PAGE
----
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Response Details

Questionnaire NameMaineCare
DescriptionMaine is requesting to implement work requirements as a condition of eligibility, monthly premiums for specific populations, and requiring co-pays for certain procedures that qualify as non-emergency usage of emergency rooms. In addition, Maine proposes to use asset tests in eligibility determinations and applying a transfer penalty to Medicaid-compliant annuities. Finally, Maine proposes to terminate the hospital presumptive eligibility policy option and providing initial non-long-term retroactive eligibility. The federal public comment period will be open from August 17, 2017 through September 16, 2017.
Response FromID: #310421 on Aug 23rd 2017 11:36 am


We encourage the public to submit their comments on as they relate to demonstrations open for public comments. In support of transparency and open government, all public comments received are immediately posted and are in the public domain. Center for Medicaid and CHIP Services staff will review all public comments posted and we reserve the discretion to delete comments that are generally understood as any of the following: obscene, profane, threatening, or otherwise inappropriate.

Refer to the Application

Open for Public Comment – 8/17/17 – 9/16/17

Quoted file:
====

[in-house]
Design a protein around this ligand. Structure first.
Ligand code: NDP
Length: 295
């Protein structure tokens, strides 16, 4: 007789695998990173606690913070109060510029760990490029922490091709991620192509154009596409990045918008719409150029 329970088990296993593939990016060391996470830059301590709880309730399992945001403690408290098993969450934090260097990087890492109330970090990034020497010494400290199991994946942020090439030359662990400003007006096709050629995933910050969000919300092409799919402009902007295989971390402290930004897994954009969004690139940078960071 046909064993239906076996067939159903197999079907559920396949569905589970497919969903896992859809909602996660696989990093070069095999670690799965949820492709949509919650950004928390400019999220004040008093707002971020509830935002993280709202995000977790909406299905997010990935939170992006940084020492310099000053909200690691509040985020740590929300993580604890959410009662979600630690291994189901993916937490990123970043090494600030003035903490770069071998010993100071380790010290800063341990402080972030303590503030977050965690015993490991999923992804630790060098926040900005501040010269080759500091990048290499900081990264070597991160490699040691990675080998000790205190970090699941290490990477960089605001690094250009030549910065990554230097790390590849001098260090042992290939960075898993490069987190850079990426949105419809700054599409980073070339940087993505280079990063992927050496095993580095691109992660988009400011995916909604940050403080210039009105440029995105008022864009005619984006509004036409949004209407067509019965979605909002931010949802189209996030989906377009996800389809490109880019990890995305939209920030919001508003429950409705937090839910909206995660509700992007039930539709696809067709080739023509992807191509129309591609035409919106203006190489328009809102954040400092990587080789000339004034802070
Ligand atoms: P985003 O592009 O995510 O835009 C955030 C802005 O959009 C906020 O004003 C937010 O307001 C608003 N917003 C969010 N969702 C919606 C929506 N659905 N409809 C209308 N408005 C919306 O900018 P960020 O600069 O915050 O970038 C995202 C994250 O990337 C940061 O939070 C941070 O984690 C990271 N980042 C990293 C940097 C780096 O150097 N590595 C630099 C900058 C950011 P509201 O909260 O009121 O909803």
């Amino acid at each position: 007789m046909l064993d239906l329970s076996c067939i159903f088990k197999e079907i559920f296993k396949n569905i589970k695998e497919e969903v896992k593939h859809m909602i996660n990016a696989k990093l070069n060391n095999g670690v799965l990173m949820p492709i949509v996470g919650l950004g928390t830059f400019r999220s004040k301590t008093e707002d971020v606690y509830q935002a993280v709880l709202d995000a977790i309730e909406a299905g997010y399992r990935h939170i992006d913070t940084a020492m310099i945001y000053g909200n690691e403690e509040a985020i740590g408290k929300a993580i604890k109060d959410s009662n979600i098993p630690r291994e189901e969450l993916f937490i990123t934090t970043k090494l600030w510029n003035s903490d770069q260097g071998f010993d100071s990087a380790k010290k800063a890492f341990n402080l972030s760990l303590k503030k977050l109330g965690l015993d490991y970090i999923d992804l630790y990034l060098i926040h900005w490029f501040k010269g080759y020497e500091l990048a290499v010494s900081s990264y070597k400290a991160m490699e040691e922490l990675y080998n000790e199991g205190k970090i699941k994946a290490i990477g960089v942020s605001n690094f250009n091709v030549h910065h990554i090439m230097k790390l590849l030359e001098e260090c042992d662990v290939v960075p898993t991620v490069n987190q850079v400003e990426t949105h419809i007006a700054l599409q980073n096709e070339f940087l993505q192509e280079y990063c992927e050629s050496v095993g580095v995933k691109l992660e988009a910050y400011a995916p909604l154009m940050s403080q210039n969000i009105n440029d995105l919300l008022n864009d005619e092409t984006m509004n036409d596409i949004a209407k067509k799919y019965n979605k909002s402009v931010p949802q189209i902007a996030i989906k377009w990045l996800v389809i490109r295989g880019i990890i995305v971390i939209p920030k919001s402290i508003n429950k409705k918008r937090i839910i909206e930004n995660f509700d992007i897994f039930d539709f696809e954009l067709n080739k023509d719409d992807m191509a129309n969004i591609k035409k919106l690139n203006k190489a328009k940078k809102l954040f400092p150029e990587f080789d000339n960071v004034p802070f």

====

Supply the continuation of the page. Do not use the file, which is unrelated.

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I am not on Medicaid, but many of those who are lack access to a computer or would not feel comfortable about writing a comment on this proposal or do not even know of the possibility. So I am here to speak for them. I live in Maine, in a rural area with a high rate of poverty, very few jobs, and of course no public transportation. I know that many people around me are on Medicaid because when I am in medical offices, I often hear the conversations about billing and insurance when other patients are at the desk. I am extremely concerned about these proposed changes because it's clear that the impact would be that many, many of my fellow citizens and fellow Mainers would lose their insurance. I am especially concerned about those who have children and especially those with disabled children who need more parental time and attention. Childcare is not free, and this new plan would force many parents to leave their children at home alone (with all the attendant risks of physical danger like leaving stoves on, etc., but also higher possibility of drug use and delinquent activity from lack of adult supervision) or lose their insurance. Those are cruel and inhumane choices to give our fellow human beings. For parents with children with disabilities, the risks would be even higher because finding childcare would be that much more difficult. Also, I know from teaching at a local university that many people around here do not have reliable transportation. People living on a very tight budget typically have old cars, which break down frequently, and they do not always have the money to have them repaired. Due to the general lack of jobs around here and the need to travel to get to any that exist, compliance with these new requirements would be impossible for many people -- even many people who ARE hard working (I know that stereotype out there that the poor are all lazy) and DO want to work and don't have children. These new rules would be cruel and would worsen the health and economic issues in Maine, which are bad enough as it is. For the longer term, failure to address the health care needs of our population, especially those of children, will cost the state more money, both in direct costs and in loss of potential and productivity in our work force down the road. Please do not proceed with these proposed changes.
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